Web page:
Ramping It Up

While you need magnification to look far, adding power increases the visible motion in your field of view. At modest distances you may identify more detail with an 8x binocular than with a 10x of like quality. For years I hunted with a 7x35 B&L Zephyr. Its light weight and modest size complemented a generous 5mm exit pupil (think — bright image) and power enough for glassing up pronghorns and bighorn sheep. I found it easy to hold.

These days, 6x and 7x Porro models have been supplanted by 8x and 10x roof-prism binoculars. Optically, they’re superior. With 32mm and 42mm objectives, they’re also heavier than my old Zephyrs. The added magnification pairs wells with the trend to looking more and walking less on hunts, and shooting at long range. But these binos aren’t any steadier in my hands. The heaviest can be a burden on the trail and tiring to hold without support.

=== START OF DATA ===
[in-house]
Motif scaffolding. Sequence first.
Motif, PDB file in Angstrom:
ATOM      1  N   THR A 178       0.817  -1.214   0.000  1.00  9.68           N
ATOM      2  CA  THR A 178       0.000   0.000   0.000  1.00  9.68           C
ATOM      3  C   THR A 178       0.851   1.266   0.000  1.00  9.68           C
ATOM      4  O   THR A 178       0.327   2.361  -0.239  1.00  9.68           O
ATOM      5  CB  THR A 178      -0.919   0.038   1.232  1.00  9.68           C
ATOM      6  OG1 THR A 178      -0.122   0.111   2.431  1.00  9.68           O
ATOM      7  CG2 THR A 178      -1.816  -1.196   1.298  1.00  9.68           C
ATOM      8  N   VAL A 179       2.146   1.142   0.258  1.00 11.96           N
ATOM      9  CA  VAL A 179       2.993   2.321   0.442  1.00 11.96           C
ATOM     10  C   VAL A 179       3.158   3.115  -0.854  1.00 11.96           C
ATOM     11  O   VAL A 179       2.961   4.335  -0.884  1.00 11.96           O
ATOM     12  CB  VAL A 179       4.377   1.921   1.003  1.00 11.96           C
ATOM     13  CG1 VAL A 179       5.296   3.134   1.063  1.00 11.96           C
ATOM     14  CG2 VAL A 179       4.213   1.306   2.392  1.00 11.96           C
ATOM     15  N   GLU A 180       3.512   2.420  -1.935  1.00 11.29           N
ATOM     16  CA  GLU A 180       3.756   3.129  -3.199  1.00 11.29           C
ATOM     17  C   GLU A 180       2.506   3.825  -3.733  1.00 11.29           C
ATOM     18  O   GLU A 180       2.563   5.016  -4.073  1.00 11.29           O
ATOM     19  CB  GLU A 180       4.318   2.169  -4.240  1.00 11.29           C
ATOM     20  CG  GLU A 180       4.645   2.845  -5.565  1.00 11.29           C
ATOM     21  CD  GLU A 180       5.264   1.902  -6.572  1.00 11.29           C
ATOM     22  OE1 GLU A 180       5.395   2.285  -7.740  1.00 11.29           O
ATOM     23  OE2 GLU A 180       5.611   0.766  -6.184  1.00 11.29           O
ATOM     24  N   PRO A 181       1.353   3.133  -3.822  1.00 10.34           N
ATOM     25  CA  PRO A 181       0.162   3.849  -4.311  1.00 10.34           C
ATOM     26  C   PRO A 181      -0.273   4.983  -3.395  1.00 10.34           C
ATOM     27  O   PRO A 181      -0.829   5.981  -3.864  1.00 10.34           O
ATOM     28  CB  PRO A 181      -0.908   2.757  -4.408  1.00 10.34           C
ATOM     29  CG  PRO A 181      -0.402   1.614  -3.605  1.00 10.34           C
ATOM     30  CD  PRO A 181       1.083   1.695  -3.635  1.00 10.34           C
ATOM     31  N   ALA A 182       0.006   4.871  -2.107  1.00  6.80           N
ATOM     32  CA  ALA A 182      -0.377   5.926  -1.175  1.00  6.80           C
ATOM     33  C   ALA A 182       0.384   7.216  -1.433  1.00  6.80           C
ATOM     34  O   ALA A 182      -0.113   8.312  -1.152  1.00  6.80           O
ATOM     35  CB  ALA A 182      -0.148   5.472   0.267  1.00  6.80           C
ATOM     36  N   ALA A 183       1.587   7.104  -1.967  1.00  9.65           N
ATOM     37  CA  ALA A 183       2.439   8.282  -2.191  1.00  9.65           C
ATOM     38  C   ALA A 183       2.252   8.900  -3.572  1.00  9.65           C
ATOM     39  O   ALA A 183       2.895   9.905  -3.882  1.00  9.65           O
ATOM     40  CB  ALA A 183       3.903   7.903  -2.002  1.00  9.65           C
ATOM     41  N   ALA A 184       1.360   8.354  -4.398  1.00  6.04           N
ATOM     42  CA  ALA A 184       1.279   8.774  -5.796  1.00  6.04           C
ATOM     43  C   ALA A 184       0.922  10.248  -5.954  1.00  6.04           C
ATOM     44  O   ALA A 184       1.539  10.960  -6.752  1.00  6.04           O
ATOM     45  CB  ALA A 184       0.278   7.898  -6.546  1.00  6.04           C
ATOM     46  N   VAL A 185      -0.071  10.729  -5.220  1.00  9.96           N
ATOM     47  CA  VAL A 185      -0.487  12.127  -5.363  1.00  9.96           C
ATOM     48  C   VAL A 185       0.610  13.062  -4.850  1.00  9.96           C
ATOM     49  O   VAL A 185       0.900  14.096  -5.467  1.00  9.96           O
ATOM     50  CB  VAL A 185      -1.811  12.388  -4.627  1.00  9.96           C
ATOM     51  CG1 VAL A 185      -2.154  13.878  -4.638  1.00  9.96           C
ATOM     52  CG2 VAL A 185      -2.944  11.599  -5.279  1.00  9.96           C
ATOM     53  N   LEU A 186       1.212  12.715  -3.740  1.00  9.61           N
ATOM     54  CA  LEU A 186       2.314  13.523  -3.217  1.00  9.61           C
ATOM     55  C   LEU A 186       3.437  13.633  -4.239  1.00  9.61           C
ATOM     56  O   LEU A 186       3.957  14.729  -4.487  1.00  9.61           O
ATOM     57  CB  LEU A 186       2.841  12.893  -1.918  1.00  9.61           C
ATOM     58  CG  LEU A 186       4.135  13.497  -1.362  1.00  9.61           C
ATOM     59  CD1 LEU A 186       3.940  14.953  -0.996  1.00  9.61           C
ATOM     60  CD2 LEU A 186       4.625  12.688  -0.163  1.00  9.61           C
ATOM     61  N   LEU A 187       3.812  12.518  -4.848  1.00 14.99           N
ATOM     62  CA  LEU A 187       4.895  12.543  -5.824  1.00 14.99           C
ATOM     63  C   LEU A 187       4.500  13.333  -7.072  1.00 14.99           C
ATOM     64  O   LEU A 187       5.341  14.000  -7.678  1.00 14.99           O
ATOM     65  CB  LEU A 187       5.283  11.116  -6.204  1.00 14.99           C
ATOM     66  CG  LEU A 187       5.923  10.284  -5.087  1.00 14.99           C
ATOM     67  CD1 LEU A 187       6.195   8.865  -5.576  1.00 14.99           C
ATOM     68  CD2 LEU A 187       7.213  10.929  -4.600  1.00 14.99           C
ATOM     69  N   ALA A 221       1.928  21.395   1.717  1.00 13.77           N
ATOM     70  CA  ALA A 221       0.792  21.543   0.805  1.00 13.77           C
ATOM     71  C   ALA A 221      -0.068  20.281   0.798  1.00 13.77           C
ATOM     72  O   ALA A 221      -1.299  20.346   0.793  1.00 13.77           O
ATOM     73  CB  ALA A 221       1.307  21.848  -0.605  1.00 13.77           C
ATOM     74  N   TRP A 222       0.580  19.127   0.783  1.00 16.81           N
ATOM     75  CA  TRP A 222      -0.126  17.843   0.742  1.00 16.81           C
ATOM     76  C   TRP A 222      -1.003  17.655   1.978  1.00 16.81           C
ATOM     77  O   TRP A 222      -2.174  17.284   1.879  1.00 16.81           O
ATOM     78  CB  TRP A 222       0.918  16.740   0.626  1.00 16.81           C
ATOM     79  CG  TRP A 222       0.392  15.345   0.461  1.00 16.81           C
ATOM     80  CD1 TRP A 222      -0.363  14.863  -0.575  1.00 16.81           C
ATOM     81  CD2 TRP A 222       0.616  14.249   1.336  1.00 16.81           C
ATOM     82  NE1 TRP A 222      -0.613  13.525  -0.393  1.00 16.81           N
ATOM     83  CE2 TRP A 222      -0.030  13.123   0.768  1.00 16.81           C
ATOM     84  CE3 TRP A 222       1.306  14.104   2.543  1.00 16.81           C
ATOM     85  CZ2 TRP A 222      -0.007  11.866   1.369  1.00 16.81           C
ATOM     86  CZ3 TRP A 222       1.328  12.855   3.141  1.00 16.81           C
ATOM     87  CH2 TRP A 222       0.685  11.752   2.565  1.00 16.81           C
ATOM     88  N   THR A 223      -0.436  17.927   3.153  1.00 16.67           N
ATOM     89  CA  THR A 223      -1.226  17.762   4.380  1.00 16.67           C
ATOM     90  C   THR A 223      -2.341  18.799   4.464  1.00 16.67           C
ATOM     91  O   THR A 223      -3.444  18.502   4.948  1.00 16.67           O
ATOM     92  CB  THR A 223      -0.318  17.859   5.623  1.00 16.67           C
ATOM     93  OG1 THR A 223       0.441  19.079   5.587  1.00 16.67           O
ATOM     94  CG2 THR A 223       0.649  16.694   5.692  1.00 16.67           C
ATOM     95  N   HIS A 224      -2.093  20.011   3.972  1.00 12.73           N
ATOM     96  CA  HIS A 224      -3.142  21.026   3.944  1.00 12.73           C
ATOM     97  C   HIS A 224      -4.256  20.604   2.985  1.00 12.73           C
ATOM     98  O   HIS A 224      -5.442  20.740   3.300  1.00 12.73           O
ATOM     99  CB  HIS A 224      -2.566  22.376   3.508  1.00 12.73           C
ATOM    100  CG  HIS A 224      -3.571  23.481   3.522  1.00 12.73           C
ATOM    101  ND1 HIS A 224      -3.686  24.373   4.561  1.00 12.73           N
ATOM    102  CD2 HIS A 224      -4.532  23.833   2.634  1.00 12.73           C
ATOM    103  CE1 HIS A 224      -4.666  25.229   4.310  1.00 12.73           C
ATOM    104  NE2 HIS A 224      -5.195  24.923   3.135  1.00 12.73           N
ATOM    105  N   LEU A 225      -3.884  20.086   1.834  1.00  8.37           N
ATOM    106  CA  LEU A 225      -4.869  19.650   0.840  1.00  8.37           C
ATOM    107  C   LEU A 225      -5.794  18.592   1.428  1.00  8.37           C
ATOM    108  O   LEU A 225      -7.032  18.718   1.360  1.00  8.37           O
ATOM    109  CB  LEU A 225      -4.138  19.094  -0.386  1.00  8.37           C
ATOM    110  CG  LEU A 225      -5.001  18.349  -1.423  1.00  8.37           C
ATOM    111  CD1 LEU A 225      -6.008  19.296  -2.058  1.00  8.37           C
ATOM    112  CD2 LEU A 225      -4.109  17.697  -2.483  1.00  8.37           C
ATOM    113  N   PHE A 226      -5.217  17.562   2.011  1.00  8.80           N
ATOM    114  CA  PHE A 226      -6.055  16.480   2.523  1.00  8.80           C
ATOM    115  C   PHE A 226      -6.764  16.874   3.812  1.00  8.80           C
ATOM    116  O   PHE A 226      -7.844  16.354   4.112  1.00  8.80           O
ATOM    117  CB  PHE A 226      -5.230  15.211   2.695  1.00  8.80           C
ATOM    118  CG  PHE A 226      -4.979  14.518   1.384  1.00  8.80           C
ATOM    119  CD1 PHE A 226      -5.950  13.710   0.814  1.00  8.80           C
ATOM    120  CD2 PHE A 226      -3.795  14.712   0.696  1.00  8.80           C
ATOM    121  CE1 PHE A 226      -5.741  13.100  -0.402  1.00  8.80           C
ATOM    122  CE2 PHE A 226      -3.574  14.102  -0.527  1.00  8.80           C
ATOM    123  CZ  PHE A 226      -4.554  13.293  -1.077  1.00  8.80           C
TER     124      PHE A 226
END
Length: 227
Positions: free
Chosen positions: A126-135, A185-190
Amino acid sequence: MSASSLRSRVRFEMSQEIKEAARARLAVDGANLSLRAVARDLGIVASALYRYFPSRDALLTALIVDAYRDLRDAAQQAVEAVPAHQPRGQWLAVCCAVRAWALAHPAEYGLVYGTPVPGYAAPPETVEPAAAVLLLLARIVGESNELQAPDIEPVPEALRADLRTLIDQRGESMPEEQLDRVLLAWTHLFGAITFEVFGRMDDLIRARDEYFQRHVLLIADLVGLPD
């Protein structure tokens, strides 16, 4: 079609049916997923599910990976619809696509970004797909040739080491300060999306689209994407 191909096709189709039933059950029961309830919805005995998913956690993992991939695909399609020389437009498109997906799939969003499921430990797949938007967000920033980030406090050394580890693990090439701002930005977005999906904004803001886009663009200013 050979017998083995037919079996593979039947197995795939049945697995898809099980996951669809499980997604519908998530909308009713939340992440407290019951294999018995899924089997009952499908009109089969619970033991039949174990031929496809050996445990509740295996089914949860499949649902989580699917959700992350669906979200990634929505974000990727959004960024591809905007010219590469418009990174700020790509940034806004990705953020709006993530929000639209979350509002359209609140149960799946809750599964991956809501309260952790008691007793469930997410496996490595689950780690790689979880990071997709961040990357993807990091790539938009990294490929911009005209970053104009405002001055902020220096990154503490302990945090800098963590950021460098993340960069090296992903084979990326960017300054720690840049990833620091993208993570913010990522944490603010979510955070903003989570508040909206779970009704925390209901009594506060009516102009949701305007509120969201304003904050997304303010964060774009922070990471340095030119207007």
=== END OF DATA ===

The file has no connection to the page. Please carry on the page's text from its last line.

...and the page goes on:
Compact spotting scopes with magnification as low as 12x are designed to ride in a daypack and use without a tripod in a pinch. But when modest power suffices, a binocular trumps a spotting scope. It’s much easier to hold. Also, using both eyes, you have better depth perception, a broader field and less eye fatigue. Like image motion, squinting tires your eyes and limits effective time in any optic.